Don’t copy their strategy exactly, of course– but examine how they send their emails. Do they send messages out weekly, bi-weekly, or monthly? How many subscribers do they have? What’s the goal of their email campaign? By using your competitors as a litmus, you’ll have a better idea of how to measure your metrics of success.
Best of all, it’s easy to do this: simply sign up for a competitor’s newsletter or other email program. From there, you can track and analyze the features of the email you’re most interested in, such as send frequency, visuals, or cadence.
That’s much better than starting at square one.
Keep your customer’s expectations in mind
Ask yourself why you want customers to subscribe to your mailing list, and keep in mind the type of content you’re offering. Do customers want to keep track of any new discounts, or are they tuning in to your weekly newsletter for tips and tricks?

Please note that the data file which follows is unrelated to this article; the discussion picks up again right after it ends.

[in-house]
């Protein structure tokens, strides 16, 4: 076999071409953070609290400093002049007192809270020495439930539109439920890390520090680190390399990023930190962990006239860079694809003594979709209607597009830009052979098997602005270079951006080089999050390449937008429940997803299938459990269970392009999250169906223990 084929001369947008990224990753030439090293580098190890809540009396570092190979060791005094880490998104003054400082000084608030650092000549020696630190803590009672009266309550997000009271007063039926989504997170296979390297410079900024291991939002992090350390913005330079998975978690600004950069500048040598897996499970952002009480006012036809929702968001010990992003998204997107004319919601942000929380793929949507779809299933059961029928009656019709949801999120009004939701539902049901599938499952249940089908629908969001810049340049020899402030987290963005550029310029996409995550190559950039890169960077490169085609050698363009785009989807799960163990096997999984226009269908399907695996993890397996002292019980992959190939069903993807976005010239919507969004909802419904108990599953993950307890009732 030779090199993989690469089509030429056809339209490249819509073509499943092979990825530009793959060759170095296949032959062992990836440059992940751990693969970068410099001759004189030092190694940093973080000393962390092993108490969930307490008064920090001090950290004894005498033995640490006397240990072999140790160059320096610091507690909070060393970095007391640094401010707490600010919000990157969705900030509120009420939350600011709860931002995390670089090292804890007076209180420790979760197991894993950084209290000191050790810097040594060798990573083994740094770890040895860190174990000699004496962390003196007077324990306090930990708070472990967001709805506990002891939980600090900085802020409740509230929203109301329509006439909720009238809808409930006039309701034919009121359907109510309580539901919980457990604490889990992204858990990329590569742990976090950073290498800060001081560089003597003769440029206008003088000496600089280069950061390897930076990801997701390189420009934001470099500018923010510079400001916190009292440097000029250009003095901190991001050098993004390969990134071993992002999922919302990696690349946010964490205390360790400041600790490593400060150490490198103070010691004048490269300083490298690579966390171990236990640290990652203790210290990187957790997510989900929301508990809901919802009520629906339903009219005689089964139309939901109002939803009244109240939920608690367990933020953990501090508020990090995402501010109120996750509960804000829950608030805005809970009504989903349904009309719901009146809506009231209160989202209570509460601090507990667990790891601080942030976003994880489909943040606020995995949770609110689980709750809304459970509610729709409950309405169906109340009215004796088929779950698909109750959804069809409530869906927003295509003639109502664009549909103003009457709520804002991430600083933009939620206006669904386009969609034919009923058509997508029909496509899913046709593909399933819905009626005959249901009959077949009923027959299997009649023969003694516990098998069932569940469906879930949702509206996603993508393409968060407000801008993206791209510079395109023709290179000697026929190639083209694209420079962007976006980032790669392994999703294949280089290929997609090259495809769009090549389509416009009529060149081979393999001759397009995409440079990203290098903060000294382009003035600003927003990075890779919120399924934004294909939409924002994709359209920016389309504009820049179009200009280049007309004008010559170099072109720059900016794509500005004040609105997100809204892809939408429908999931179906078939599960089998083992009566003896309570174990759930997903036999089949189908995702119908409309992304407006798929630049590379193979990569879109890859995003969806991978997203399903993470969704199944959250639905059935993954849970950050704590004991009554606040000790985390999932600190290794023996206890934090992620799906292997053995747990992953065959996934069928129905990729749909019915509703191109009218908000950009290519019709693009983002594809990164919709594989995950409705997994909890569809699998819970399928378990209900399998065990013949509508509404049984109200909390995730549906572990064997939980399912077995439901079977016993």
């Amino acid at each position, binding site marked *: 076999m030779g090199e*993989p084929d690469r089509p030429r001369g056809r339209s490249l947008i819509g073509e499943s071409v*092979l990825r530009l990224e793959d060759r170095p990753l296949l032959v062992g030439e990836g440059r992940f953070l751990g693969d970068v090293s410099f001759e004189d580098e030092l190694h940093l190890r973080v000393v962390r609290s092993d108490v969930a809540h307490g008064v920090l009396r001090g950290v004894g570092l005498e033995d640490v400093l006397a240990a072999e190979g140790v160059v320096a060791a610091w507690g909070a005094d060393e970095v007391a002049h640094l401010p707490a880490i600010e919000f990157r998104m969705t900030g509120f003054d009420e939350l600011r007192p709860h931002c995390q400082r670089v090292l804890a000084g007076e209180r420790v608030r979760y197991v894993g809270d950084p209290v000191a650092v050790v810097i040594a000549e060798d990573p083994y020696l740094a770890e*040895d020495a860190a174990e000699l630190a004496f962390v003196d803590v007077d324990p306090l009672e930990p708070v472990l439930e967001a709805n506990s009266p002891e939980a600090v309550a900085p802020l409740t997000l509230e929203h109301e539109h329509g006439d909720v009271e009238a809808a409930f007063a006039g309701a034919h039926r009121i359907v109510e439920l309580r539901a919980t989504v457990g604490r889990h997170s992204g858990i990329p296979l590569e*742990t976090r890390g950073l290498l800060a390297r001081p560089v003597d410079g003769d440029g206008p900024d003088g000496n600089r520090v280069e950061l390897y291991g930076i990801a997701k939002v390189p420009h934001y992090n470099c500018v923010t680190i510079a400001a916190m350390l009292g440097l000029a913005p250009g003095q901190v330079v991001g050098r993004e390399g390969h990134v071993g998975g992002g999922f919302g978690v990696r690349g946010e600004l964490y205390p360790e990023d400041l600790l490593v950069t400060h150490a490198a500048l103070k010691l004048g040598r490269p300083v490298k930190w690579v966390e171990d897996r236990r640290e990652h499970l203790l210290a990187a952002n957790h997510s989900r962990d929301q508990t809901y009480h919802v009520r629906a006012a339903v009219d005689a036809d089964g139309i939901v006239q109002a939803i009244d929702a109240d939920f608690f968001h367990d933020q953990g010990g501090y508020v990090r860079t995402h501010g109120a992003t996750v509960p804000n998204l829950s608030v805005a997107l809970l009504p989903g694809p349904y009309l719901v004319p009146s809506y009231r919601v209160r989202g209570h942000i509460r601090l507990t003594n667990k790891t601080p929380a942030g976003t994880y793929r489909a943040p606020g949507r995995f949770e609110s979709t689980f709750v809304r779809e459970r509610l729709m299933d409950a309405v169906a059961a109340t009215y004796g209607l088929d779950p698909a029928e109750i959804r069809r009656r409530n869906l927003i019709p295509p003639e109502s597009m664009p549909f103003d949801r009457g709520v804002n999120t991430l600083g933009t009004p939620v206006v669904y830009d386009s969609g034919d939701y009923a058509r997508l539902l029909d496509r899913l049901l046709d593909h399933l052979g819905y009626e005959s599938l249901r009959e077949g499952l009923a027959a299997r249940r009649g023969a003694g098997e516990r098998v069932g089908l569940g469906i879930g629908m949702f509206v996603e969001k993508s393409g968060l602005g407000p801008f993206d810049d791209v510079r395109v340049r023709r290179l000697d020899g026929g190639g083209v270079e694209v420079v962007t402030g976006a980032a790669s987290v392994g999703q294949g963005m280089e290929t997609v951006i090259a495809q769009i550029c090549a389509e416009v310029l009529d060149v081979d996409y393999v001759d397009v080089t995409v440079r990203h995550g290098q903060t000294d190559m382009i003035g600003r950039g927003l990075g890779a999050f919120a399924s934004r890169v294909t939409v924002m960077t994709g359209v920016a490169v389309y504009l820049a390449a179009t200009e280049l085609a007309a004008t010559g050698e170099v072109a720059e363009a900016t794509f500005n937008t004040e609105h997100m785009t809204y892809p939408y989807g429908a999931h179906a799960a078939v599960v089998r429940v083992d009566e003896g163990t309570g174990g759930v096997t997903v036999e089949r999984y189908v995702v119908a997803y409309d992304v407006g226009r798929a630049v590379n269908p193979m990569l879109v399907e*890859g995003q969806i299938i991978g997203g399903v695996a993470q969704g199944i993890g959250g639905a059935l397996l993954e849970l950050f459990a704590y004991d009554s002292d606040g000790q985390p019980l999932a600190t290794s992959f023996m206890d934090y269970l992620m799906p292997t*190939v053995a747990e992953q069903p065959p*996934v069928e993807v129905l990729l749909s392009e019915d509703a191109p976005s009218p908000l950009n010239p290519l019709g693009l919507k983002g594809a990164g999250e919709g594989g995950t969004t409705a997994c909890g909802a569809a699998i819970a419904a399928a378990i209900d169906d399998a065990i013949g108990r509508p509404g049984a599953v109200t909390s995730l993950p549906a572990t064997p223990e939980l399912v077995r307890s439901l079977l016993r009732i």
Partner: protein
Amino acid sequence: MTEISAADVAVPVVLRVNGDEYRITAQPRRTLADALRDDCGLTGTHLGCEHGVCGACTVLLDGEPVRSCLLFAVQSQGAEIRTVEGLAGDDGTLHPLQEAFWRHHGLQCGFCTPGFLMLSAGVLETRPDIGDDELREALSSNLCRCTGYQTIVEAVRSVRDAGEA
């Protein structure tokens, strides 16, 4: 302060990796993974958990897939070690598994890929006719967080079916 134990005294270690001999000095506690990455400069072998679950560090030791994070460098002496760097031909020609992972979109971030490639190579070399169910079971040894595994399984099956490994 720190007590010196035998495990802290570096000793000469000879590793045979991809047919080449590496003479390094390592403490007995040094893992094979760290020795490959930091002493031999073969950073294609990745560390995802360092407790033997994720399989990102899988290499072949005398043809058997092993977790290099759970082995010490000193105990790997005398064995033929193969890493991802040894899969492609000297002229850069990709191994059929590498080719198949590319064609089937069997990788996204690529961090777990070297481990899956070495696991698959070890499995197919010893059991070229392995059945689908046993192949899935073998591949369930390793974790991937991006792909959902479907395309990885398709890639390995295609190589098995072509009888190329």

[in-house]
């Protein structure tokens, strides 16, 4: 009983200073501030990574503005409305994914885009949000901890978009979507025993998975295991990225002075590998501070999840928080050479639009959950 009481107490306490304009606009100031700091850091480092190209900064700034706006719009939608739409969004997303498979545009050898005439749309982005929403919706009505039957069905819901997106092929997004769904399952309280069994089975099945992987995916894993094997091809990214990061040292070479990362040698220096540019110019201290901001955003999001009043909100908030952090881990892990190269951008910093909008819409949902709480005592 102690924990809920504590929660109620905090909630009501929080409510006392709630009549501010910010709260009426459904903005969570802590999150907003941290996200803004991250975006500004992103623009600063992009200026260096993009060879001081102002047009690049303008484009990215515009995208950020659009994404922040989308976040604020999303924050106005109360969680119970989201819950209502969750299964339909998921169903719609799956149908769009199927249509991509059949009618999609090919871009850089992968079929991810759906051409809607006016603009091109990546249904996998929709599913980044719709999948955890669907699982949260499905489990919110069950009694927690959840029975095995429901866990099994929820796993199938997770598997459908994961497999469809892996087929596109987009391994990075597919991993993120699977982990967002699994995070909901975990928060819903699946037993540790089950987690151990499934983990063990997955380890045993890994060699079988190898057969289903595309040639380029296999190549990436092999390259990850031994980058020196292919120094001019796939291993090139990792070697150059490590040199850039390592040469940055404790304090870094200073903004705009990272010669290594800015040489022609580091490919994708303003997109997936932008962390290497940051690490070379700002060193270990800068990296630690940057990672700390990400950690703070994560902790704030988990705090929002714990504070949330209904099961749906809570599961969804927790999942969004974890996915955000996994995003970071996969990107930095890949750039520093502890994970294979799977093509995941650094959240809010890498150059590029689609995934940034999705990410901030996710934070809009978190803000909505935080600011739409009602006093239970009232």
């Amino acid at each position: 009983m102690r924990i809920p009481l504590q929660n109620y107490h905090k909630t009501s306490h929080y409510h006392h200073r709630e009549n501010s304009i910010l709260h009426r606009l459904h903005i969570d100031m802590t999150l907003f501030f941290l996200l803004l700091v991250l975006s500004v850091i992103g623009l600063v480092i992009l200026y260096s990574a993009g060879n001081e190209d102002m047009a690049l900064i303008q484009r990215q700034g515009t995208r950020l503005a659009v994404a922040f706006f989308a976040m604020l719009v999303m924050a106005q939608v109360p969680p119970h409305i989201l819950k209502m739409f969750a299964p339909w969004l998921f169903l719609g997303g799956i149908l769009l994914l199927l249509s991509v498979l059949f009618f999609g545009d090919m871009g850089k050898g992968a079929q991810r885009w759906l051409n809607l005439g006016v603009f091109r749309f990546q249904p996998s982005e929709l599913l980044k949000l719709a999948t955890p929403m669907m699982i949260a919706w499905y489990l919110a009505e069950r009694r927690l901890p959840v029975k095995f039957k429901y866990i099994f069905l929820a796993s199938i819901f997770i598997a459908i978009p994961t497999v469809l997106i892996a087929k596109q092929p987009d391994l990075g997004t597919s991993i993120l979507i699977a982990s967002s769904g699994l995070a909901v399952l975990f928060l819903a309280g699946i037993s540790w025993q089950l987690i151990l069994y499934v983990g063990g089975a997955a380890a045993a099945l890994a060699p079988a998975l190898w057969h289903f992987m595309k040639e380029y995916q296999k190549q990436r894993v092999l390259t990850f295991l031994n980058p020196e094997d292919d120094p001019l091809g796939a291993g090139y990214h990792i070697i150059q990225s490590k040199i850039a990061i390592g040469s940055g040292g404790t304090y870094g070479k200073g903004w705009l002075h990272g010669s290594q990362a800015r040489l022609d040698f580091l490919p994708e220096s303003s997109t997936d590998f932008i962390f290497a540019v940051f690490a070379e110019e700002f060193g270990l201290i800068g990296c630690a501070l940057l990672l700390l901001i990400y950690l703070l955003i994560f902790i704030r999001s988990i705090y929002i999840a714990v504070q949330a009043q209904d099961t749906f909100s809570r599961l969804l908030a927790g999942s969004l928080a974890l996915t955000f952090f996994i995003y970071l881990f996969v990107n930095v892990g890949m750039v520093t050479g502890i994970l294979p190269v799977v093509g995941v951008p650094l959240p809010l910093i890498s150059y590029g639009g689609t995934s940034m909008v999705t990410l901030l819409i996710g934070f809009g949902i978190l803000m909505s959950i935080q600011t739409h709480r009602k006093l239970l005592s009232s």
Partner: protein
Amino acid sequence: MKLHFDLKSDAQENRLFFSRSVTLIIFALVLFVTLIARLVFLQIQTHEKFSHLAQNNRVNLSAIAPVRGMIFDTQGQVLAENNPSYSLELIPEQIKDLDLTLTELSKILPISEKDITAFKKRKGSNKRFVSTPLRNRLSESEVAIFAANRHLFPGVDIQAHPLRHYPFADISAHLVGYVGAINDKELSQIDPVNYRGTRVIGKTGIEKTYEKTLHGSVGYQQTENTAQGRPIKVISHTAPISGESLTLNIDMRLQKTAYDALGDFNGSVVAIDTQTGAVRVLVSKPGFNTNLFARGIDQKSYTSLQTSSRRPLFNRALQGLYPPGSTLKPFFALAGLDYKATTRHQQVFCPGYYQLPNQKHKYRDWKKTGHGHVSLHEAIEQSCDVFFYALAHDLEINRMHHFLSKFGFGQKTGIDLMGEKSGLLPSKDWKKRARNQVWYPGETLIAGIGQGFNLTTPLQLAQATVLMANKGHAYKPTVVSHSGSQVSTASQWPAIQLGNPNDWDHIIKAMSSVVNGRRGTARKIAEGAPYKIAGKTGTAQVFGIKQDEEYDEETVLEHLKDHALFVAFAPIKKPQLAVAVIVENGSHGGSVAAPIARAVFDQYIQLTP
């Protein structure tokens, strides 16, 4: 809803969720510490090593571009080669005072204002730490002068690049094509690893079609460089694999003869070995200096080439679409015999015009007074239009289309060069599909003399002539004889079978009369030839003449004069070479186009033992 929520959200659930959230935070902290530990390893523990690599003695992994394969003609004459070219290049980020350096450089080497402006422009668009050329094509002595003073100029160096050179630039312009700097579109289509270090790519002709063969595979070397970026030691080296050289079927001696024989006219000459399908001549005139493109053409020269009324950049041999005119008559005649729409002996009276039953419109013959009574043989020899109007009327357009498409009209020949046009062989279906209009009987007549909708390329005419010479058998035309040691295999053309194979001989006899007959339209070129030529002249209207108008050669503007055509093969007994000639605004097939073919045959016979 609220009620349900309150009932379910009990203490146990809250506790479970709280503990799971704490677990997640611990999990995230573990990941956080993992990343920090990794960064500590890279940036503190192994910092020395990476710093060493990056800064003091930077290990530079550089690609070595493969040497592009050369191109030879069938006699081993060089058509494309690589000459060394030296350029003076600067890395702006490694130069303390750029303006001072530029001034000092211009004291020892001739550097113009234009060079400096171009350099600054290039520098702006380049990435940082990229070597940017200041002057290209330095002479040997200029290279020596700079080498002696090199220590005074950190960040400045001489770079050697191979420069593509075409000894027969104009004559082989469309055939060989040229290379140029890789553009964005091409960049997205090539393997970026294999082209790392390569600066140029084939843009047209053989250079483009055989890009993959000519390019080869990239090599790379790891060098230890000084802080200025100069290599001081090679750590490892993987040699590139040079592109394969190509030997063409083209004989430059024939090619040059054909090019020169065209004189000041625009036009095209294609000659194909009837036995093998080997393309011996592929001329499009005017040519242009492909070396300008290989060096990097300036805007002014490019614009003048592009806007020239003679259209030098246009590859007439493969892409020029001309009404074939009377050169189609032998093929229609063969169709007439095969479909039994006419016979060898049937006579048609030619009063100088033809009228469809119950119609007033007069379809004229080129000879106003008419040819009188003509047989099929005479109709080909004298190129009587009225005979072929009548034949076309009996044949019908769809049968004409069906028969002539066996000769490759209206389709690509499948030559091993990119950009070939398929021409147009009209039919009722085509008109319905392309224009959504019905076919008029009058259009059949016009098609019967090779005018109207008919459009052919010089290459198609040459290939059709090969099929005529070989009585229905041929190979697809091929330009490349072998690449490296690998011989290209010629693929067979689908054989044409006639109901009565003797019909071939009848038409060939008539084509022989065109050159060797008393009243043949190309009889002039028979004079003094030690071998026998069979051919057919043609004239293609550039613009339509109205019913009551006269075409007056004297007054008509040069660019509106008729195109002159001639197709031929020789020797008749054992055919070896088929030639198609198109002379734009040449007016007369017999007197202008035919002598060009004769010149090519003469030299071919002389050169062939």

This is where the industry you’re in comes into play: a fashion boutique will send out many more emails than a software as a service company. Keep the subscriber’s expectations at the forefront of your mind: it won’t help to inundate a SaaS customer with daily emails, but the fashionista or tech news guru will look forward to them.
Track your engagement metrics
Click-throughs, open rates, and other metrics will be your guiding light. If open rates are high, keep doing what you’re doing. If you see a spike in unsubscribers or a decline in your open rates, that’s a clue to try another approach. You may be sending out far too many (or too few) emails.
In general, these are the numbers you should be aiming for (source):
- An open rate between 15-25%
- A click-through rate of 2.5%
- A click-to-open rate between 20-30%.